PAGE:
Ever have days where you just don’t see your faith, so it’s put right in front of you? Well, apparently I’m hanging out in those days because a few blessings have been so big that I can’t shut up about them. I talk about a lot of things all the time, but faith isn’t really one of them.
Two weeks ago I headed to Washington, D.C. with Habitat on the Hill to advocate Congressional members about decent, affordable housing. I was lucky to go with 32 of our youth participants and two wonderful co-workers. It was a great trip, better than the year before, and making me miss D.C. more everyday. But here’s the story of how the trip got started. It ran in our company’s internal newsletter last week.
WASHINGTON, D.C. — By the time I squished my love handles between the plastic armrests, I knew this was going to go down as one of the worst flights ever.
Sweat beaded on my upper lip and hairline as I tried to cool down from the embarrassing last hour.
The trouble had begun in the security line. Before I could get my shoes back on, my backpack had been confiscated. “Laser pointer?” a security guard asked as he dug through the notebooks and luggage tags I had packed for the youth guests at our Habitat on the Hill conference. “Nope, just stuff I crammed in from the office.” Unfortunately, that “stuff ” included a baton that I had shoved in the backpack months ago in case I needed protection after a late night at the office. As far as security was concerned, I was a weapon-sneaker-inner. They banished my baton to a cardboard box, made a copy of my driver’s license and let me go. But I can’t stop wondering where my picture might turn up. I am now on a list.
Next came boarding the flight. My carry-on would not cooperate with the overhead bin. “These bins are smaller than the ones on most planes,” a flight attendant said in her most polite, yet slightly annoyed, tone. At least she wasn’t gritting her teeth. Maybe I would still get pretzels. After I had unpacked and repacked in the exit row, a stranger helped me cram the suitcase into the bin. I tucked the clothes I had taken out of the suitcase into a Delta bag beneath the seat and pulled out my phone and headphones. I was ready to forget this experience.As we waited, two flight attendants sat in the row across from me and began chatting up the people around them. Turns out the mustachioed Richard Neal Ray wasn’t the bully I thought he could be. He asked where I was headed in D.C., and like a pro, I said, “To Habitat on the Hill, to advocate for affordable housing.” He responded with a smile, an “oooh” and a little seal-like handclap. “I just love Habitat,” he said. “I’ve done every build possible with Delta, and I’ve even gone on a few international trips. (Delta) even told me I need to hold off on signing up for trips so others can get the experience.” We chatted about my upcoming Global Village trip to Malaysia and our favorite jobs on the work site. (He’s fond of roofing.)
During drink service, Richard announced that the savings from recycling cups and cans would go to Habitat, and he wished us luck in D.C. As he swept down the aisle one last time, he dropped something green in my twisted mustard yellow scarf. I looked down and saw a $20 bill staring at me. Nope, two $20s. What?!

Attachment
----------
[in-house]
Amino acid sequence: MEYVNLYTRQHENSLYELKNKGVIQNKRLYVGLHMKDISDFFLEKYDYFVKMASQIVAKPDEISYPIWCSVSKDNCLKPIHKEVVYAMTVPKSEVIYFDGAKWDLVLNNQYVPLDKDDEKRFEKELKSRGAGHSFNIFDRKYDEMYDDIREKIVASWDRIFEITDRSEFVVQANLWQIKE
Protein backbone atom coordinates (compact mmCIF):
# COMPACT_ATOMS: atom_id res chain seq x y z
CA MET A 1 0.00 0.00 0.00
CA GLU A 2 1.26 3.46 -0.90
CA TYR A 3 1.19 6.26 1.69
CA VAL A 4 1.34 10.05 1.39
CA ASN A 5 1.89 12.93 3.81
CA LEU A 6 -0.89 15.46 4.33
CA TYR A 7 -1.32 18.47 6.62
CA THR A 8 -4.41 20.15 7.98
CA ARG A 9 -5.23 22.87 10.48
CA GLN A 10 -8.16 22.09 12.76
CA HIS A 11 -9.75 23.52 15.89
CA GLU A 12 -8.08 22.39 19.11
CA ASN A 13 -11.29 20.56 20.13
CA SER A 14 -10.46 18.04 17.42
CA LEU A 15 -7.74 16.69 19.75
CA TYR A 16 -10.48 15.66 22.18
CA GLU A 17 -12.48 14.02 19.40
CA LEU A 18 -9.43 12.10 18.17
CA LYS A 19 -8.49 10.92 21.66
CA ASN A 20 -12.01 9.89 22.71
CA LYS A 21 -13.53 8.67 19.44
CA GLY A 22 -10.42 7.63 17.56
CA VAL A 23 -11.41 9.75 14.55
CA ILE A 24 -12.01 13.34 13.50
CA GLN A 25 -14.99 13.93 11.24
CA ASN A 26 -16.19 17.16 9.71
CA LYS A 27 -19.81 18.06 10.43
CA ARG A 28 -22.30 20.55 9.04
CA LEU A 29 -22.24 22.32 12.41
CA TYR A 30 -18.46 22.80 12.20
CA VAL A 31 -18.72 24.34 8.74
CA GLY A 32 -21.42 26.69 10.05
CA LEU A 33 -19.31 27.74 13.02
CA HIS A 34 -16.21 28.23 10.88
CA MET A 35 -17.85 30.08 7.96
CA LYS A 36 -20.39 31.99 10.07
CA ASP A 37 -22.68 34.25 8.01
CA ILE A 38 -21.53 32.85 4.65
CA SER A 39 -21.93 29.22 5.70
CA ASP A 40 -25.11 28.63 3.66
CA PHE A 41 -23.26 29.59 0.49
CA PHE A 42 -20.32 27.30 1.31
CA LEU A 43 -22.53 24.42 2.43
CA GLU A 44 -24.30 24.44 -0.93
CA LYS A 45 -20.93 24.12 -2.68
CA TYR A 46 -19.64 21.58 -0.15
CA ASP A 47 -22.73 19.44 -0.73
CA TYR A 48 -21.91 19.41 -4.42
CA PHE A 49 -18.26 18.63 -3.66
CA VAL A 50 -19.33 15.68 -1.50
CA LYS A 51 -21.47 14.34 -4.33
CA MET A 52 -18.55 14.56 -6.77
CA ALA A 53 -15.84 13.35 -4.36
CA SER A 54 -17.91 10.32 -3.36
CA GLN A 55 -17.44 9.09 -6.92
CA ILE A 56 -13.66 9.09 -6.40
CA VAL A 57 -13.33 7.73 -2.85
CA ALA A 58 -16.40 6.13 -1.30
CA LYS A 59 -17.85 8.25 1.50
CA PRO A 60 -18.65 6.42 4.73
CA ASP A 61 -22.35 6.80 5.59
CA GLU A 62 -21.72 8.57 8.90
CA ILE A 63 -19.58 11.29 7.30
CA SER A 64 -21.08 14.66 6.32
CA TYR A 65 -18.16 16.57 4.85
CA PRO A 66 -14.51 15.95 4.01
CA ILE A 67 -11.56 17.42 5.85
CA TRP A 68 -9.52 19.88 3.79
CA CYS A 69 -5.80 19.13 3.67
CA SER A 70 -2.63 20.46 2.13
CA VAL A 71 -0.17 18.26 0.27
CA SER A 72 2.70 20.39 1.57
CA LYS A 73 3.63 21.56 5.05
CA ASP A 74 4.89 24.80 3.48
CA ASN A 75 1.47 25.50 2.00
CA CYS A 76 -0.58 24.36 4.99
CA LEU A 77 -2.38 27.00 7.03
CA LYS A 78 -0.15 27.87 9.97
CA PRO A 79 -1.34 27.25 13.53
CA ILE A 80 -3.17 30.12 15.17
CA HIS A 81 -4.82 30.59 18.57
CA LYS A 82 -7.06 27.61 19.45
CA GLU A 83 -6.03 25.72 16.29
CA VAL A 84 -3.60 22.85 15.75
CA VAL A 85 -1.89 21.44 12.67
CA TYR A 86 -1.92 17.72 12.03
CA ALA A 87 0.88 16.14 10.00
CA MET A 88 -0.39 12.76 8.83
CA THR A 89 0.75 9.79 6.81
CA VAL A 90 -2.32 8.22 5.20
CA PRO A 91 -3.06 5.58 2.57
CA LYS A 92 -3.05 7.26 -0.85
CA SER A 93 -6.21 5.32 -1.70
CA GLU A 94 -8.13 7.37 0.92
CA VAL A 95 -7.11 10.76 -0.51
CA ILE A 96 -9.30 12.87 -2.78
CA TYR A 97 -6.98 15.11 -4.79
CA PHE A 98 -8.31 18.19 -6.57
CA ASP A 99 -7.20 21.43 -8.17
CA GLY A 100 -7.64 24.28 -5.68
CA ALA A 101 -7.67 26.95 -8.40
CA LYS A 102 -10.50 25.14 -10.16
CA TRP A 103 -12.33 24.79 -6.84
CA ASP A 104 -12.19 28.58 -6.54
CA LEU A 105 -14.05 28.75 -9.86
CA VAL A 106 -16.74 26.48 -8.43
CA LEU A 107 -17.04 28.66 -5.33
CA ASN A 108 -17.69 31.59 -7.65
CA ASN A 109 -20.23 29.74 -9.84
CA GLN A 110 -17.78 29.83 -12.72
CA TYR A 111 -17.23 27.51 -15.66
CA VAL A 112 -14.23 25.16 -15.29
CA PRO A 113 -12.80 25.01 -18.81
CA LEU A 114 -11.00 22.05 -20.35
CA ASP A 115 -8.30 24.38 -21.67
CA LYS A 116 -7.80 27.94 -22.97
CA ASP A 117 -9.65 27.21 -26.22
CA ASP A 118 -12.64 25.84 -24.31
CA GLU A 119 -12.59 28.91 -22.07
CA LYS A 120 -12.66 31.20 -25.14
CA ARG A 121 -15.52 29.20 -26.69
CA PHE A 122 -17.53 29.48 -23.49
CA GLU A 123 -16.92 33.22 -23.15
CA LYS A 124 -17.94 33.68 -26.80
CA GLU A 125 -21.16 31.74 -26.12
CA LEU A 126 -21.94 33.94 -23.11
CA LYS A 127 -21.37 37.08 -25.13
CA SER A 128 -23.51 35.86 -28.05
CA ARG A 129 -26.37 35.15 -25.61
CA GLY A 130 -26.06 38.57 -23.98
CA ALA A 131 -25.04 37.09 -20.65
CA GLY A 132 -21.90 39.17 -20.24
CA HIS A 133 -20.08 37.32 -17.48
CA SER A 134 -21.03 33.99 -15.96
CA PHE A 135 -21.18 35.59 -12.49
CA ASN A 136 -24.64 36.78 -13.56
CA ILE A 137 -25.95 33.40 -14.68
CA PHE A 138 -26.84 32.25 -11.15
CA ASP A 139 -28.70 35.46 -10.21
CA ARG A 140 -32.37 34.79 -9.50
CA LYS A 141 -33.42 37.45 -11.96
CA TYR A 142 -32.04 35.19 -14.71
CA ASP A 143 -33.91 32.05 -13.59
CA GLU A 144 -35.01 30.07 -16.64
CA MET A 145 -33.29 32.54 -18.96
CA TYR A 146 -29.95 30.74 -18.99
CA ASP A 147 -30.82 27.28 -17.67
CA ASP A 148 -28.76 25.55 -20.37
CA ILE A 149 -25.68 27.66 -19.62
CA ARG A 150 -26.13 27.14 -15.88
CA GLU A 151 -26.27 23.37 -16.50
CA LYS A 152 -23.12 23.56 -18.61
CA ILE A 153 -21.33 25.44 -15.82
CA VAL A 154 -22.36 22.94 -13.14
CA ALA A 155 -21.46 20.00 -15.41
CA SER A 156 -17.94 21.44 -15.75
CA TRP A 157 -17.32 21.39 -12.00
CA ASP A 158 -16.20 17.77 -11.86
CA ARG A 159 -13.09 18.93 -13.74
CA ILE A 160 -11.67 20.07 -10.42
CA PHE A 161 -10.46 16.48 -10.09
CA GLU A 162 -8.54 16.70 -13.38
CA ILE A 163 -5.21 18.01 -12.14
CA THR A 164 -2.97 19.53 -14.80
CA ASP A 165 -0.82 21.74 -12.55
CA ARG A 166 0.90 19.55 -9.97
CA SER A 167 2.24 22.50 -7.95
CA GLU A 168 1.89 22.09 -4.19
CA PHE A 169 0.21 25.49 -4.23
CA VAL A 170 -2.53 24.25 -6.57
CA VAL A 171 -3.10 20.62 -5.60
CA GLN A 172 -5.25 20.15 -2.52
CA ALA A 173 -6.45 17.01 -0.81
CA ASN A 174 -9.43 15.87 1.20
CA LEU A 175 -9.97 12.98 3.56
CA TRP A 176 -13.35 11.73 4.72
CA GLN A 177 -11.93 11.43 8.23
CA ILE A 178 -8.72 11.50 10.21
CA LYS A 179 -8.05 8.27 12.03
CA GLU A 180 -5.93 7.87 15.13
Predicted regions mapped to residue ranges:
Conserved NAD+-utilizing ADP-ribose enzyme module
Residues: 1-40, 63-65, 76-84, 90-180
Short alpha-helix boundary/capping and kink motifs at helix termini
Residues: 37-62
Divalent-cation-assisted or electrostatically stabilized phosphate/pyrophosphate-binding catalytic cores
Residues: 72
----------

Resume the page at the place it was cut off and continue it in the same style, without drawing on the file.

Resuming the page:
“I can’t accept this,” I said. “Yes, you will!” he said. “I fundraise all the time. I know how difficult it can be. You’ll put it to good use.”
He sashayed away before I could protest. I tucked the cash into my wallet and whispered a quiet “thank you” to God. Then I started brainstorming the best way to let Richard know I really appreciated his generosity in donating to my GV trip.
As we filed off the plane, I passed my business card to Richard, gave him a tight squeeze and told him I couldn’t wait to share our Malaysian partner family’s story with him.I also couldn’t wait to share the story of his kindness with my family and colleagues. In fact, I haven’t shut up about his awesome random act since I arrived at Habitat on the Hill.
Richard didn’t just donate $40. He turned a bad day into a good one. He listened and fulfilled an unspoken need. That’s the thing about giving. Even the smallest gifts have a ripple effect.
You’d think the story would end there, right? Well, God was looking out for me again four days later. I was taking the last train from Chinatown to Crystal City on Tuesday night/Wednesday morning. After lugging around notebooks, a backpack and laptop and numerous other things including a bulky coat all day, I assumed my regular checklist for walking around was down to a science. When I walked off the train all I could think of was falling into bed without waking up my roomie. I wasn’t even a block from the Metro when I got a call from an unknown number. It was the girl who sat across from me. I’d left my wallet in the seat next to me. She found my business card, called and then stayed on the phone with me as she walked it to a guard. She ran through everything that was in it with me over the phone, told the guard in a nice voice that if it wasn’t there the next morning that she would come back and, well, she left it with a guard. 🙂 She got the names for each person working through shift changes before my 8 a.m. flight. By the next morning I’d already forgotten the station name. She even took my text and promptly replied. Everything was there. I could fly home.
I am a blessed gal indeed.